Example: "Work out your problems with the boss"; "this unpleasant situation isn't going to work itself out"; "He could not work the math problem"
    Synonyms: solve, work out, figure out, puzzle out, lick
  • (verb): Cause to happen or to occur as a consequence.
    Example: "I cannot work a miracle"
    Synonyms: bring, play, wreak, make for
  • (verb): Make something, usually for a specific function.
    Example: "Work the metal into a sword"
    Synonyms: shape, form, mold, mould, forge
  • (noun): Applying the mind to learning and understanding a subject (especially by reading).
    Example: "Mastering a second language requires a lot of work"
    Synonyms: study
  • (verb): Operate in or through.
    Example: "Work the phones"
  • (verb): Have and exert influence or effect.
    Example: "The artist's work influenced the young painter"
    Synonyms: influence, act upon
  • (verb): Cause to operate or function.
    Example: "This pilot works the controls"; "Can you work an electric drill?"
  • (verb): Shape, form, or improve a material.
    Example: "Work stone into tools"; "work the metal"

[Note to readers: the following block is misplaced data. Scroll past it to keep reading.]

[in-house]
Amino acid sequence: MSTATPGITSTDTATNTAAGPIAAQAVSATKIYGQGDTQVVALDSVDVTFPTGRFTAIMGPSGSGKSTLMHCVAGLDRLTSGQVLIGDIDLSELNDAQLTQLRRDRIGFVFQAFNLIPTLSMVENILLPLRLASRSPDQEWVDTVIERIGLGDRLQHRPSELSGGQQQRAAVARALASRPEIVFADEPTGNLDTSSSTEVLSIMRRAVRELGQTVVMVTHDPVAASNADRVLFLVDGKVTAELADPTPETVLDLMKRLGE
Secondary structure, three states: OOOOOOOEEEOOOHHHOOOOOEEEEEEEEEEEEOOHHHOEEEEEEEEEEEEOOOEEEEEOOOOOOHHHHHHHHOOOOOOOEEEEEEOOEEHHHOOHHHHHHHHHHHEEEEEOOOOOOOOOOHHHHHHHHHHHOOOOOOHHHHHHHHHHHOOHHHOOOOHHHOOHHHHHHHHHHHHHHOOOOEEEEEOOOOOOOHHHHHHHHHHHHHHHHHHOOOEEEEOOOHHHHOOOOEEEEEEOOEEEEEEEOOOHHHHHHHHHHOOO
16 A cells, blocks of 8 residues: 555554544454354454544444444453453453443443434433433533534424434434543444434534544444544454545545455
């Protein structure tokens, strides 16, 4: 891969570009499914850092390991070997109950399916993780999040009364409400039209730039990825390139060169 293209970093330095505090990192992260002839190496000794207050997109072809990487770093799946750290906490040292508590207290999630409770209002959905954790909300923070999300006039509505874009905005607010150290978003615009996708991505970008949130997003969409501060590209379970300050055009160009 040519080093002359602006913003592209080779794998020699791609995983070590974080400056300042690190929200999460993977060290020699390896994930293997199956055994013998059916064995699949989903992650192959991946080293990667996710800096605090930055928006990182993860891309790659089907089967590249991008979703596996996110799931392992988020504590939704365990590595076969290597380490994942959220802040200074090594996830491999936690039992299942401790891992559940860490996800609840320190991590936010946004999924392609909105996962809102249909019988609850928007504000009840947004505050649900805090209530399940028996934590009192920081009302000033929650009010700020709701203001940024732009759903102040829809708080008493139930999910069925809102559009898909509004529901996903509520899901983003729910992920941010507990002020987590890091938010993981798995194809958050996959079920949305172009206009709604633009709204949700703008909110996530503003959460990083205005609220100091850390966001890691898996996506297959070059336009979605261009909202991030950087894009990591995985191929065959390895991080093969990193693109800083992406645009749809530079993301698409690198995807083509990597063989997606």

Synonyms: work on, process
  • (verb): Behave in a certain way when handled.
    Example: "This dough does not work easily"; "The soft metal works well"
  • (verb): Perform as expected when applied.
    Example: "This old radio doesn't work anymore"
    Synonyms: function, operate, go, run
  • (verb): Be employed.
    Example: "Do you want to work after the age of 60?"; "She never did any work because she inherited a lot of money"
    Synonyms: do work

Famous quotes containing the word work:

    Juggling produces both practical and psychological benefits.... A woman’s involvement in one role can enhance her functioning in another. Being a wife can make it easier to work outside the home. Being a mother can facilitate the activities and foster the skills of the efficient wife or of the effective worker. And employment outside the home can contribute in substantial, practical ways to how one works within the home, as a spouse and as a parent.
    Faye J. Crosby (20th century)

    And this is the final meaning of work: the extension of human consciousness. The lesser meaning of work is the achieving of self-preservation.
    —D.H. (David Herbert)

    Don’t you know there are 200 temperance women in this county who control 200 votes. Why does a woman work for temperance? Because she’s tired of liftin’ that besotted mate of hers off the floor every Saturday night and puttin’ him on the sofa so he won’t catch cold. Tonight we’re for temperance. Help yourself to them cloves and chew them, chew them hard. We’re goin’ to that festival tonight smelling like a hot mince pie.
    Laurence Stallings (1894–1968)